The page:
What is the Brownian Motion?
The Brownian motion is named after a British Botanist Robert Brown who first observed it. It is also known as Brownian movement.
Brownian Motion can be defined as:
The random motion of particles suspended in a fluid resulting from their collision with the fast-moving molecules in the fluid.
In simple words, it’s just a random motion shown by small particles suspended in a fluid (liquid or gas) as shown below:
As evident from the above-shown figure, a particle collides with other particles and thus changes its path. This interaction between particles leads to their random motion which is also commonly known as zig-zag motion. Brownian motion is a transport phenomenon which is, it transfers or exchanges mass, momentum or energy between the particles.
What causes Brownian Motion?
We know that the unbalanced interactions between the particles cause the Brownian motion. Now let us try to understand the factors that affect this motion.
- Size of particles: Smaller the size of particles, faster is the motion. The reason behind this behaviour is that momentum transfer is inversely proportional to mass. So lighter the particle, more speed it will get after a collision.
- Viscosity: Viscosity is fluid’s resistance to flow. For water, it is less, but for toothpaste it is high. The viscosity is also inversely proportional to the speed of Brownian motion. So lesser the viscosity, faster the motion.
Effects of Brownian Motion
- The Brownian motion acts as a stirring system and thus doesn’t allow the particles to settle down. This leads to stability of colloidal solutions.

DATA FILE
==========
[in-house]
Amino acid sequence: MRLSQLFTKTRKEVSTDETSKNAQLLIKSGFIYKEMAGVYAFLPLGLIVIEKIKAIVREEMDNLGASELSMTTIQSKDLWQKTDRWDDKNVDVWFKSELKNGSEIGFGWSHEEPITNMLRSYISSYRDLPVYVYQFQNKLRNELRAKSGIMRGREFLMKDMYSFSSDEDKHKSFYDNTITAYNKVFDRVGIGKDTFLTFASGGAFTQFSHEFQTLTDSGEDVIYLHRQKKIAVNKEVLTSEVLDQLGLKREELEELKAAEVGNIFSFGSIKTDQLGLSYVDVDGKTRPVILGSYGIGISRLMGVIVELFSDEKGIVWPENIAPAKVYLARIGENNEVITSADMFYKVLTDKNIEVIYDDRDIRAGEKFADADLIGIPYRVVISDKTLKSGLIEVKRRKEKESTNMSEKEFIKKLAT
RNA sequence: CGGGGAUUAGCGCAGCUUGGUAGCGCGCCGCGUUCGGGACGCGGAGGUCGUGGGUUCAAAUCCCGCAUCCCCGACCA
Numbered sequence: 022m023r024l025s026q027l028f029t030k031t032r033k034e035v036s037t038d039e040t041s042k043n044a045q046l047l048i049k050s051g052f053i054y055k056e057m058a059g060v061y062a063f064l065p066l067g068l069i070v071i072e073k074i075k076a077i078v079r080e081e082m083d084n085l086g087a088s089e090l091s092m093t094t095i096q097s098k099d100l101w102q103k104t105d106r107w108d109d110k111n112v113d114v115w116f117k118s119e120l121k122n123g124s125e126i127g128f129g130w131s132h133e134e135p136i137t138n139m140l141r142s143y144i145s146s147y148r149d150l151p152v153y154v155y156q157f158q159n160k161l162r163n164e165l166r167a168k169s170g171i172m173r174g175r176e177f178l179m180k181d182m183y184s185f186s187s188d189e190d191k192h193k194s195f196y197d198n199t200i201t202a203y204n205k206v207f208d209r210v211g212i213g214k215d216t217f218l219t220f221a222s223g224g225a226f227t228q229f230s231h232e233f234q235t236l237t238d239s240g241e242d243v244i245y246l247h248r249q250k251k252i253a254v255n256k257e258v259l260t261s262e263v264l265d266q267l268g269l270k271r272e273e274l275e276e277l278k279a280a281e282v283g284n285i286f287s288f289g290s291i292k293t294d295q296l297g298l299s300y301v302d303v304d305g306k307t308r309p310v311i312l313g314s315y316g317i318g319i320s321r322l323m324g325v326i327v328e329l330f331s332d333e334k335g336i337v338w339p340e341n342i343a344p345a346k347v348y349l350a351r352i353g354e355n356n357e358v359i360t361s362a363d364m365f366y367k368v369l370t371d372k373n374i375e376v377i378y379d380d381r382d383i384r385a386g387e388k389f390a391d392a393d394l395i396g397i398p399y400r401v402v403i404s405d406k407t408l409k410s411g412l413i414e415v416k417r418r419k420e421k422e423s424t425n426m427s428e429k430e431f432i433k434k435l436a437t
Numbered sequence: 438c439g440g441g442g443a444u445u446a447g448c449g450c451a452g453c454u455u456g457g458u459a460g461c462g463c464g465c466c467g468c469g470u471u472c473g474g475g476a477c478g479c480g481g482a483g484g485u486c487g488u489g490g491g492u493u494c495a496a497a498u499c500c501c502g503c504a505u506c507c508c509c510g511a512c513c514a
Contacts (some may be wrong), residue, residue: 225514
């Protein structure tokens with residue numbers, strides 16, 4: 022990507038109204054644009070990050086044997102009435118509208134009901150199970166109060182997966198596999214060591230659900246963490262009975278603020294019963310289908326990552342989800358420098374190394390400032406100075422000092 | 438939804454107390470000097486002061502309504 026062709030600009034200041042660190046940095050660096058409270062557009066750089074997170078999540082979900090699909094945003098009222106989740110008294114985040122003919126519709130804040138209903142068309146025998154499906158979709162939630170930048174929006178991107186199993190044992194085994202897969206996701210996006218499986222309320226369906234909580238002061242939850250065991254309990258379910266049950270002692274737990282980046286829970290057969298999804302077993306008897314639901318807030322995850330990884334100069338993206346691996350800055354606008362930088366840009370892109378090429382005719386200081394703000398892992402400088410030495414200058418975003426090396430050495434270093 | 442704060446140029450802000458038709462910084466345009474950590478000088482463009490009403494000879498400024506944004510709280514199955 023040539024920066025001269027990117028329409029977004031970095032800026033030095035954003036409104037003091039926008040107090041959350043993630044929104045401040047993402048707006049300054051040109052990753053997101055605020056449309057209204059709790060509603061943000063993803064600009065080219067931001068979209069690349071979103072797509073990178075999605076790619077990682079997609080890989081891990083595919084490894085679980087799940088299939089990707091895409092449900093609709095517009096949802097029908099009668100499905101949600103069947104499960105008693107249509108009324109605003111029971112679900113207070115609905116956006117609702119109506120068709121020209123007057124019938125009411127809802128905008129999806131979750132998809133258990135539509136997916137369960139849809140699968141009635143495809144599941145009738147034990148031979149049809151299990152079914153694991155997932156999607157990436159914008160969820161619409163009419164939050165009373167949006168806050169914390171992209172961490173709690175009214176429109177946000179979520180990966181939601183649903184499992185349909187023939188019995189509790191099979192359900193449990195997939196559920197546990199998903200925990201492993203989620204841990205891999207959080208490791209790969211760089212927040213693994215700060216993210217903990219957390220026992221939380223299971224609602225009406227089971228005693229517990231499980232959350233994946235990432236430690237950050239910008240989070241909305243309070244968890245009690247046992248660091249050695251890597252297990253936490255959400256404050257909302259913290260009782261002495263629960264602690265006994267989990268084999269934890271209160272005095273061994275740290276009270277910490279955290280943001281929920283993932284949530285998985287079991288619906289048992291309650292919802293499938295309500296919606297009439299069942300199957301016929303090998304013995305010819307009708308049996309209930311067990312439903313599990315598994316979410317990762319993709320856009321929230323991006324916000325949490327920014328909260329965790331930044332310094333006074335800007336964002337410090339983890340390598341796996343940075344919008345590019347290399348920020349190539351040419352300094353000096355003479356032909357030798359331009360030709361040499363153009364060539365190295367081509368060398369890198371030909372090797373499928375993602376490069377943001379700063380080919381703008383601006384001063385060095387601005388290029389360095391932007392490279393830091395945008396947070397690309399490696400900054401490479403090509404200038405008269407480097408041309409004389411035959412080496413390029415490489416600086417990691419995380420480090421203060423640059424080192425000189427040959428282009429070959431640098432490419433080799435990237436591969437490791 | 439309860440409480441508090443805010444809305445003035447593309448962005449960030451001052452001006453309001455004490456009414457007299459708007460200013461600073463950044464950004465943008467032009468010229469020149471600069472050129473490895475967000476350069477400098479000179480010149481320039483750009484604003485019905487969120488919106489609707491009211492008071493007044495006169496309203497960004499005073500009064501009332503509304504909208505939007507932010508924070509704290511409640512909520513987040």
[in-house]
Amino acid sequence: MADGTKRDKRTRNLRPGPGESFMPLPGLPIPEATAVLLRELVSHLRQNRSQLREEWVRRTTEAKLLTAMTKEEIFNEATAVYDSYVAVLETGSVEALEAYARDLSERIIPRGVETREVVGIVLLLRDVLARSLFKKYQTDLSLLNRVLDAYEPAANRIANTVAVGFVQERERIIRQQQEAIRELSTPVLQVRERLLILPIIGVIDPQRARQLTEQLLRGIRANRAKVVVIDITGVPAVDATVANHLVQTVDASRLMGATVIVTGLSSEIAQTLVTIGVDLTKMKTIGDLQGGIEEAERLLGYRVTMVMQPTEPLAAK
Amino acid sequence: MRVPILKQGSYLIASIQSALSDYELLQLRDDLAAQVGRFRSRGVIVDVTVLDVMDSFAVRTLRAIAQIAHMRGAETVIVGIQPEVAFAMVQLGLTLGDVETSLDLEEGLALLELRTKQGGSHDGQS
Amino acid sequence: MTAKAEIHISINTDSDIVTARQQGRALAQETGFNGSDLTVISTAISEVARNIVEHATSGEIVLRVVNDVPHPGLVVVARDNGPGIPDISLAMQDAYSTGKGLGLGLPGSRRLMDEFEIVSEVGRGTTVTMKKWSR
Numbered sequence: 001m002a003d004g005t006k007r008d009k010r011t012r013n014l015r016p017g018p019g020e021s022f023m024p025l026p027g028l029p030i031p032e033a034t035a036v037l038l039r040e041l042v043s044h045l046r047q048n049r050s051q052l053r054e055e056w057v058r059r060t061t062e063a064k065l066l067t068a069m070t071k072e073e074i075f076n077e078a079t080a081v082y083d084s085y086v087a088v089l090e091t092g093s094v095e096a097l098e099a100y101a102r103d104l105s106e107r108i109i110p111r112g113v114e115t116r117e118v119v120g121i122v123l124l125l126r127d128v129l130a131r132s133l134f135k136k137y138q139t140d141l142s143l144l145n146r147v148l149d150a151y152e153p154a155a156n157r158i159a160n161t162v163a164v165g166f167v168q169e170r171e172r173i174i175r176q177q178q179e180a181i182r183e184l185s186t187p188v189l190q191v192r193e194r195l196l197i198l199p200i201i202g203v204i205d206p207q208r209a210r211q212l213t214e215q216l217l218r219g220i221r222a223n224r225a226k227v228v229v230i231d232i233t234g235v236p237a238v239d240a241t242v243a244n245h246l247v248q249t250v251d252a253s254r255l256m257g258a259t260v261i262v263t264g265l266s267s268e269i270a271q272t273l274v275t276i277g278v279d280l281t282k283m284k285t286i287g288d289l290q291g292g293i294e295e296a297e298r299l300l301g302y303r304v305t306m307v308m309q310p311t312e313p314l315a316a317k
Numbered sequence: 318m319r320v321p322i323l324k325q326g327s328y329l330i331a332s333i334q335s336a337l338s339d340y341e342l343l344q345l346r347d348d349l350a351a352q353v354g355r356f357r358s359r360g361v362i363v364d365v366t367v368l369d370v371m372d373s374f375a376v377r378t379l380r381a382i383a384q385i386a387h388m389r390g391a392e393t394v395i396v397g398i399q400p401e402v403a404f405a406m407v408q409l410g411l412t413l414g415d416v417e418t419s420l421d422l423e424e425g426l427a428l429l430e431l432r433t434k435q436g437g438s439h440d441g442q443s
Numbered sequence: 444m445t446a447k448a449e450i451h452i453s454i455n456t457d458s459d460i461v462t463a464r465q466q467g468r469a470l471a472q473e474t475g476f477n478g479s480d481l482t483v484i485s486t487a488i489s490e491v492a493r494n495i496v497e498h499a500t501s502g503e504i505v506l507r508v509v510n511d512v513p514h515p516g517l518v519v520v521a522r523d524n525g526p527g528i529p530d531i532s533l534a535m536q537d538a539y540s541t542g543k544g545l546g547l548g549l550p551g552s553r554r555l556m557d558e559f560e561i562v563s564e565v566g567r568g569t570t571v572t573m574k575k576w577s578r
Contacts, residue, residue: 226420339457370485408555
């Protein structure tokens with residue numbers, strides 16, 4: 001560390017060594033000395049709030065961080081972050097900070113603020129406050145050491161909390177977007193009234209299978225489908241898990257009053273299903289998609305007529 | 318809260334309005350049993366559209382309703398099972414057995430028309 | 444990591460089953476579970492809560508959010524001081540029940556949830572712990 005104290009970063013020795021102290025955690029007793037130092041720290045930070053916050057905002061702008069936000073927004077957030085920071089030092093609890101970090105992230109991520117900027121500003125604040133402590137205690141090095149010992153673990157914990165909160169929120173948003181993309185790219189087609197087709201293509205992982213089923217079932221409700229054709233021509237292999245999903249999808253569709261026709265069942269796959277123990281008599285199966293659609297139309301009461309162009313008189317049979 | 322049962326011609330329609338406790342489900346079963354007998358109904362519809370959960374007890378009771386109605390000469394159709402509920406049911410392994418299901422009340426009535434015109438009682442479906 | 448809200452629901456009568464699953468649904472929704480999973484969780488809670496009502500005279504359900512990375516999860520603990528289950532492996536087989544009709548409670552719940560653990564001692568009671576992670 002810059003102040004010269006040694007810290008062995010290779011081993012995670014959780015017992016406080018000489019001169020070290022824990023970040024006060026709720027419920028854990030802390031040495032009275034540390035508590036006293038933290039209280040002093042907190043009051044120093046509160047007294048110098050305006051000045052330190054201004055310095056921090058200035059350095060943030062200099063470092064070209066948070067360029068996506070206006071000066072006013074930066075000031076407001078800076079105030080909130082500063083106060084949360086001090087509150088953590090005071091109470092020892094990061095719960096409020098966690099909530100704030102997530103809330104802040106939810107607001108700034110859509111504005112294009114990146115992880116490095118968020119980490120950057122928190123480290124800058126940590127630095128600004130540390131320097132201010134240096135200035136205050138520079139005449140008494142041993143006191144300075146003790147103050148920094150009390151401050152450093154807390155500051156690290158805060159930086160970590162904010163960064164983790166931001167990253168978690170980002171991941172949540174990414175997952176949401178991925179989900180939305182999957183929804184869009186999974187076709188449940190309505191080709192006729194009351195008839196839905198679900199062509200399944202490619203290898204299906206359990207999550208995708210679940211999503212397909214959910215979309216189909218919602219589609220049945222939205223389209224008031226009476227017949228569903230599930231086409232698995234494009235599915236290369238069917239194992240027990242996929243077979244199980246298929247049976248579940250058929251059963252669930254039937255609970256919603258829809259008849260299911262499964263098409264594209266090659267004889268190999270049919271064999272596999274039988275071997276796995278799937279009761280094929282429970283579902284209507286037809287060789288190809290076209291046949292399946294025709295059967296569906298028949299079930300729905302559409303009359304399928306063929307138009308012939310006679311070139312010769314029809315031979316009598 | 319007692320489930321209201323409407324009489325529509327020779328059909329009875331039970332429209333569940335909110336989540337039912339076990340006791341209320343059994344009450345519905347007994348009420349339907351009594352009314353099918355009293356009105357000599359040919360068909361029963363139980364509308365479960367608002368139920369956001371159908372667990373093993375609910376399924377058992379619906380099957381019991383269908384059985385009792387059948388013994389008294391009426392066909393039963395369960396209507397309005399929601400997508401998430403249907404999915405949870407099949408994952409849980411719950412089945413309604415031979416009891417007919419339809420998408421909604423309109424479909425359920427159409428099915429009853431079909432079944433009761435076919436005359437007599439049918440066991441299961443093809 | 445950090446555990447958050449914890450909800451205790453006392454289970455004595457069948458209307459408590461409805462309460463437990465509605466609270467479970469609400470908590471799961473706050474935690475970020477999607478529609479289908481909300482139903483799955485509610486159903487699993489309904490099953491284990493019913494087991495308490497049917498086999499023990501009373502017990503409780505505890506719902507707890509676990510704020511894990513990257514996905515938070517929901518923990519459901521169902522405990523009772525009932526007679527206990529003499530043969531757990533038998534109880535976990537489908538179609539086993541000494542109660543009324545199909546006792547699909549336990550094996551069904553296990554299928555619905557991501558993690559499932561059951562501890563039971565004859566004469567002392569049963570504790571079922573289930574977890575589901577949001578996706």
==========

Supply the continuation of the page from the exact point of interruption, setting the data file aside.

- This also helps in distinguishing between the true solution and colloidal solutions.
Why are we studying Brownian Motion?
- The Brownian motion observed under the microscope was first real proof of the existence of atoms and molecules.
- The kinetic theory of gases which explains the pressure, temperature and volume of gases are based on Brownian motion model of particle.
- The mathematical model of Brownian motion has numerous real-world applications. For instance, stock market fluctuations are often understood by this model.
The Brownian motion describes randomness and chaos. This is one of the simplest models of randomness. Hence have many applications in real-world as most of the things on the miniature level are random and have some entropy associated with them. Thus the study of Brownian motion is critical in understanding the real world phenomenon.
Albert Einstein in 1905 gave his theory of Brownian motion after concluding another theory for the same. looking at the idea that the temperature of any substance is directly proportional to its average kinetic energy which these molecules move, it is obvious that this motion is imparted to a larger substance which could be seen under a microscope.
Einstein concluded a diffusion equation from his observation where the diffusion coefficient is similar to the mean squared displacement of the Brownian’s particle. This leads him to determine the size of atoms and the number of atoms present in a particle.